Learning the Model (S118)

The above optimization problem (Eqn. (3)) can be solved using Stochastic Gradient Descent (SGD) with an update rule as follows:

wiwi-η(lw(xk,yk,wi)+λ(wi-1Nj=1Nwj)),(6)

where η is the learning rate, and

lw

depends on the loss function and is evaluated for a randomly selected training sample (xk,yk). When updating an appearance model from the positive and negative windows obtained by the method described above, multiple passes (called epochs) can be made over the randomly shuffled windows, such as 2, 3, 4 or more passes through all the windows. Note that Equation (6) shows that the learning process is a joint one: the update of the detector wi includes a contribution of all the other detectors wj, j≠i.

For further details on SGD, see, L. Bottou, “SGD,” available at http://leon.bottou.org/projects/sgd.

The selection of the values of the hyper-parameters of the algorithm, such as the learning rate η (Eq. 6), the regularization parameter λ (Eq. 3), and the number of epochs can be performed by a variety of methods. Cross-validation, typically used to tune hyper-parameters, is not generally applicable in the exemplary embodiment where only one positive example is available at a time. Furthermore, optimizing window classification performance may not be guaranteed to result in optimal detection performance due to the additional post-processing steps applied in the sliding window approach (see, R. G. Cinbis, et al., “Segmentation driven object detection with Fisher vectors,” ICCV (2013), hereinafter, Cinbis 2013). Therefore, in the exemplary embodiment, a simple strategy includes selecting the least-over-fitting parameters: e.g., smallest η and number of epochs, and largest λ, that maximize the rank of the correct detection in the current frame.

Detection Framework

The exemplary EIT framework is suitable for any detector based on a linear classifier. In a new implementation of the EIT method, the following are specified: (i) how to compute features φ(x) of a sub-image x, and (ii) the loss function l(x,y,w) which is to be employed. While choices for each of these may depend on the application, in one embodiment a useful feature vector is the Fisher Vector and as the loss function, the logistic loss is employed. Other loss functions, such as the hinge loss, may alternatively be used. The loss function accounts for the hard negatives as well as for the positives and (initially) random negatives.

For some embodiments, the detector should be efficient to re-train, as N detectors may need to be updated in a streaming fashion through the video. To achieve that efficiency, detectors based on linear classifiers and SGD (e.g., Eq. (6)) are particularly suitable, which avoids the need for re-training the generic detector (GD). The GD can simply be used as a black box, i.e., no assumptions on how to train it need to be made and it can simply be used as an oracle outputting a few seed detections on a subset of the target video stream. Furthermore, generic detectors often rely on computationally expensive training procedures, taking on the order of days to train on highly-efficient hardware. This is the case for the GD described in Felzenszwalb 2010.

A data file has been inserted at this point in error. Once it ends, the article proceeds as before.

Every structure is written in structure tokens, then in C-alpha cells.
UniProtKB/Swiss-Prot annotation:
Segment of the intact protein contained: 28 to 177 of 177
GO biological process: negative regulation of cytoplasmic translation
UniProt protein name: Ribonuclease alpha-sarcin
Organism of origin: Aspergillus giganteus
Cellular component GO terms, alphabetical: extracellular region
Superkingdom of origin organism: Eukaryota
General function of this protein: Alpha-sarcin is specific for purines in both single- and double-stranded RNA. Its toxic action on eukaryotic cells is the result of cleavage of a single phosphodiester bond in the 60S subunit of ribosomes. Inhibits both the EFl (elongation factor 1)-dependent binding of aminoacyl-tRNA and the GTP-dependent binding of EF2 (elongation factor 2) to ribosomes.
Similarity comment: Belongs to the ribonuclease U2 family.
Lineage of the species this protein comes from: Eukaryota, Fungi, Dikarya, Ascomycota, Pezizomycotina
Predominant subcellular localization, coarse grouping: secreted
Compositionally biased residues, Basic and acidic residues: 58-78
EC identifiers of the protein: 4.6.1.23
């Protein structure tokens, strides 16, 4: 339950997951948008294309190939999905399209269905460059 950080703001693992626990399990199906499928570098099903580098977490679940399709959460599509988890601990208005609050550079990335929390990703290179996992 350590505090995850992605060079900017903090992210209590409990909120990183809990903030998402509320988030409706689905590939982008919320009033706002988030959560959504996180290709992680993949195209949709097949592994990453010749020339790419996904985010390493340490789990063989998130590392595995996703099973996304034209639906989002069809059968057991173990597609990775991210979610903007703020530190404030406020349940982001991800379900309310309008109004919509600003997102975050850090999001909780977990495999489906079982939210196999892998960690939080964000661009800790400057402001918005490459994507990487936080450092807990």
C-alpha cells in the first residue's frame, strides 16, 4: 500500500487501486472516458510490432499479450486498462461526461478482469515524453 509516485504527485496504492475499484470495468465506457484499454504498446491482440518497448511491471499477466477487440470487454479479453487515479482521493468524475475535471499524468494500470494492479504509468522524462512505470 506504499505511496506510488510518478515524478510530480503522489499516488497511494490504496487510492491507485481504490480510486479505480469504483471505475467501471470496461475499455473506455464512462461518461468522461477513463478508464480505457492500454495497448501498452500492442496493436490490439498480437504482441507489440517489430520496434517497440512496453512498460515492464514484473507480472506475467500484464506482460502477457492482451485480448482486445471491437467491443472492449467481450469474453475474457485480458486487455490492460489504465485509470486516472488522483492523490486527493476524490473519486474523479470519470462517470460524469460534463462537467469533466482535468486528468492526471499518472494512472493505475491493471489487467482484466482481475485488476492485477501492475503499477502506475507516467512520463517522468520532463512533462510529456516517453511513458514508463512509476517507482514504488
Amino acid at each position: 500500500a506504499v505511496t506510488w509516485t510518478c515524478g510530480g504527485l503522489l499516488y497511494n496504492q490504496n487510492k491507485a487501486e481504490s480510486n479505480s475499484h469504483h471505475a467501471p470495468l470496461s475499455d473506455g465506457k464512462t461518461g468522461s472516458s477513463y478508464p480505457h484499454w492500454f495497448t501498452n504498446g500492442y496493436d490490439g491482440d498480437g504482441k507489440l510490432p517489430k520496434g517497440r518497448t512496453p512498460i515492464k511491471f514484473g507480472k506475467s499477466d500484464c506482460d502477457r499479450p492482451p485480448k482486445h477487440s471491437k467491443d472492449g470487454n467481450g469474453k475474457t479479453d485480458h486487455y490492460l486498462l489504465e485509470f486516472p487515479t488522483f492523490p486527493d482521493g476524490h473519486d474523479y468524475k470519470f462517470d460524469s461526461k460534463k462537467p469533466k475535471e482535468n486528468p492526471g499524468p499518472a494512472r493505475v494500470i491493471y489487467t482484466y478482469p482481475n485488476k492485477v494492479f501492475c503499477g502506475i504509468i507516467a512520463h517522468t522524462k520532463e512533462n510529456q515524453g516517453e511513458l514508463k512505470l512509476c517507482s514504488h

Sub-Image Feature Descriptor

For the sub-image features φ(x), Fisher Vectors (FV) may be employed. See, for example, F. Perronnin and C. Dance, “Fisher kernels on visual vocabularies for image categorization,” CVPR (2007); Perronnin, Sánchez and Mensink, “Improving the Fisher kernel for large-scale image classification”, ECCV, 143-156 (2010); Sánchez and Perronnin, “High-dimensional signature compression for large-scale image classification,” CVPR (2011); J. Sánchez, et al., “Image Classification with the Fisher Vector: Theory and Practice,” IJCV (2013), “Sanchez 2013”; U.S. Pub. No. 20120076401, published Mar. 29 2012, entitled IMAGE CLASSIFICATION EMPLOYING IMAGE VECTORS COMPRESSED USING VECTOR QUANTIZATION, by Jorge Sánchez, et al.; and U.S. Pub. No. 20120045134, published Feb. 23, 2012, entitled LARGE SCALE IMAGE CLASSIFICATION, by Florent Perronnin, et al. the disclosures of which are incorporated herein by reference in their entireties.

Although FVs have not previously been applied to tracking, FVs are known to be good features for image classification (see, Sánchez 2013) and for object detection (Q. Chen, et al., “Efficient maximum appearance search for large-scale object detection,” CVPR (2013), hereinafter, “Chen 2013”; Cinbis 2013), which allows for learning powerful specific detectors. FVs have also proved their efficiency for retrieval problems (see, H. Jegou, et al., “Aggregating local image descriptors into compact codes,” IEEE TPAMI (2012)). This allows for effective tracking individual object instances with the EIT approach. FVs are high-dimensional features and, therefore, are well suited to the exemplary mean-regularized multi-task learning algorithm.

A specific implementation will now be described. First, local patches of 16×16 pixels (although smaller or larger patches can be used) are extracted densely from the sub-image on a regular grid at a number of, e.g., 15, different scales (scales are obtained by down-sampling). For each patch, low-level features are extracted, such as shape, color and/or gradient (SIFT) features (see, D. Lowe, “Distinctive image features from scale-invariant keypoints”, IJCV, 2004). For example, each patch is represented by a 128-dimensional SIFT descriptor, which may be compressed with Principal Component Analysis (PCA) to 32 dimensions. A visual vocabulary is computed by estimating a Gaussian mixture model (GMM) of 128 components with a subset of the descriptors obtained from the first frames of the video stream, using for instance K-means clustering analysis.